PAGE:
If your partner has been complaining about your snoring during the night or you’ve woken up because of your own snoring, you may be wondering what causes snoring problems and what you can do to fix them. Snoring may seem innocuous or like a minor issue at first, but if left unaddressed, can become worse over time. To prevent problems, it’s important to be aware of the factors that can cause snoring and the steps you can take to remedy them. While some remedies, like side sleeping, may seem intuitive, others, like plastic surgery, might not. Here are a few surprising leading causes and their quick fixes for reference.
1. You Have a Deviated Septum
If you have functional problems like a deviated septum, they could be at the root of your breathing difficulties, including snoring. A deviated septum is when your nasal septum is displaced more to one side than another, making it hard to breathe through the smaller nasal passage. A common sign of this is having to breathe primarily through only one nostril. In order to address this problem, you may need to get rhinoplasty and have the issue corrected. If this is a concern for you, consult with a doctor to see if the procedure is right for your situation.
2. Your Nasal Passages Are Closed
If your nasal passages are clogged or otherwise narrowed, you may be more likely to snore. This is a common situation in times when you have a cold, since your nose is likely to be stuffed up with more mucus than usual, causing the fast-moving air to produce snores. To prevent this, try opening up your nasal passages before bed with a hot shower. Rinsing your nose with saltwater or a saltwater solution during your shower could also be helpful. In some cases, using nasal strips could help lift up your nasal passages and keep them open throughout the night. However, keep in mind that nasal strips won’t be effective if the problem is in your soft palate.
3. You Have Allergies
It may come as a surprise, but allergies to common materials and particles can sometimes lead to snoring. For instance, if you rarely change the sheets in your bedroom and you’re unknowingly allergic to dust mites, you could be worsening your own snoring situation. To prevent this, try cleaning more often and making sure you have clean sheets on the bed at all times. You may also want to get an allergy test done to ensure you’re not exposing yourself to anything that could be triggering your snoring.
4. You Sleep on Your Back
Several studies have shown that people who sleep on their back may be more likely to snore than people who sleep on their side. This is because lying on your back causes your tongue and soft palate to fall back against your throat as you sleep, resulting in vibrations. A simple fix for this is to try to train yourself to sleep on your side. You can start by laying on your side as you go to bed and then repeating until you’ve gotten into the habit and don’t roll onto your back without thinking about it.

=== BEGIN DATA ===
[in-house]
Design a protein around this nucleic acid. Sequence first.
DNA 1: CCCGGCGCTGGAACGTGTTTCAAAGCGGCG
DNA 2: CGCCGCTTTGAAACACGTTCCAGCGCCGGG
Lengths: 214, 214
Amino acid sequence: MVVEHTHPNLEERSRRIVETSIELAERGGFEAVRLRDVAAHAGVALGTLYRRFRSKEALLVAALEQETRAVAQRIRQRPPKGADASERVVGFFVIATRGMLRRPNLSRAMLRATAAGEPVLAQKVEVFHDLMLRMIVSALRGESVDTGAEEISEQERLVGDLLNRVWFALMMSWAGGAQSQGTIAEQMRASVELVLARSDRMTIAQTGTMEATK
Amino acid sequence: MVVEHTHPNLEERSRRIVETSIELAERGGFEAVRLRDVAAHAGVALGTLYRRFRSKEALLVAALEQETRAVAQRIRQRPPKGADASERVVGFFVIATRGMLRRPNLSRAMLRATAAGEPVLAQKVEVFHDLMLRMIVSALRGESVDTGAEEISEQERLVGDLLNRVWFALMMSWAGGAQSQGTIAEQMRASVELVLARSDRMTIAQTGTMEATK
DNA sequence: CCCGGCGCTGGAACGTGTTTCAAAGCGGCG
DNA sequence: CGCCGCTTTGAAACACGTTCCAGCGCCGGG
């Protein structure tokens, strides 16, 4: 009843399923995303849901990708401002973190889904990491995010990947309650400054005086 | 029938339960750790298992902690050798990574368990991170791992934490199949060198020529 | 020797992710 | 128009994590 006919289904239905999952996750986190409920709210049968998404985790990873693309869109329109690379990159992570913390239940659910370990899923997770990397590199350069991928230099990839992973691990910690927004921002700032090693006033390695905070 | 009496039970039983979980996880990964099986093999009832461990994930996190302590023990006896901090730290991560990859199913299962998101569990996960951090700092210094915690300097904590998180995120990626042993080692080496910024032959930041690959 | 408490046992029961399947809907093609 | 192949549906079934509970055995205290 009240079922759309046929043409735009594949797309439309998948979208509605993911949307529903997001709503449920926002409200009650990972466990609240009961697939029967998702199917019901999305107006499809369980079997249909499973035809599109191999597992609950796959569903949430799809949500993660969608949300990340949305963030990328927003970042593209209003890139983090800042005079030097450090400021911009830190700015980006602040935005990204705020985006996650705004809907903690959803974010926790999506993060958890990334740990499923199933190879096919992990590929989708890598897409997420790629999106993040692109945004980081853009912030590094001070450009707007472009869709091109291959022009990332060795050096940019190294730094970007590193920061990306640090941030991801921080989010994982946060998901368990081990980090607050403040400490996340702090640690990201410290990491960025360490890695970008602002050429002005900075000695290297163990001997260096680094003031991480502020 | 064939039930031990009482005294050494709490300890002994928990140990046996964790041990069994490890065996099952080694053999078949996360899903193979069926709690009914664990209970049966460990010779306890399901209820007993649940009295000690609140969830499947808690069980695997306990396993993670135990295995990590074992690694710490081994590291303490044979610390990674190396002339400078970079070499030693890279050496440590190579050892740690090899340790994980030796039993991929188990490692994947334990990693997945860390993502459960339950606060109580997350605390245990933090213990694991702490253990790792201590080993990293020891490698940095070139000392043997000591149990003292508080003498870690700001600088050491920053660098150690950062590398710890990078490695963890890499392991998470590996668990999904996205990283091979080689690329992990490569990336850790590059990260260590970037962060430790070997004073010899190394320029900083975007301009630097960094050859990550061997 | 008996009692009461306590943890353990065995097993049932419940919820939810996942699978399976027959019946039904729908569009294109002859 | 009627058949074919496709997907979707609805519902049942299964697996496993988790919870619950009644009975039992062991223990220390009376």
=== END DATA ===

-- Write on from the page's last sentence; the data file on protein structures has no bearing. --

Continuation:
5. You’ve Recently Gained Weight
Interestingly, there’s some evidence that weight loss may help with snoring. While this may not be the case for everyone, since people with lower body mass indexes can still snore, if you’ve recently gained weight and only started having snoring problems after the weight gain, it could be a contributing factor for you. Try a healthy, sustainable combination of diet and exercise to get back to your previous weight and see if that makes a difference in how much you snore.
6. You Drink Alcohol Before Bed
Another fascinating and potentially unexpected cause of snoring is drinking alcohol before bed. This is due to the fact that alcohol relaxes the muscles in the back of your throat, which can increase the likelihood of snoring. The best way to avoid this is to refrain from drinking alcohol about four to five hours before you plan to go to bed, in order to give any potential effects enough time to wear off.
7. You’re Dehydrated
It may come as a surprise, but not drinking enough water could be causing you to snore. When you’re dehydrated, nose and soft palate secretions become sticky, leading to snoring. The easy fix is to make sure you get at least eight cups of water throughout the day.
8. You Have an Irregular Sleep Schedule
Finally, if you regularly work long hours or if your sleep schedule is highly irregular, it could be confusing your body and causing you to snore. With irregular sleep, you’re more likely to be exhausted when you finally do hit the hay. This means there’s a greater chance of your muscles becoming too relaxed, resulting in snoring. To prevent this, try to get to bed around the same time each night and wake up at a regular hour. A good rule of thumb is to vary the time by no more than an hour each day to get your body used to it.
While snoring during your sleep might seem harmless or like a minor annoyance, if left unchecked, it can quickly devolve into a bigger problem. Thankfully, being aware of the causes and what you can do to address them can make a big difference. The next time you catch yourself or your partner snoring, keep these main factors in mind and you’ll be well prepared to address the issue right away.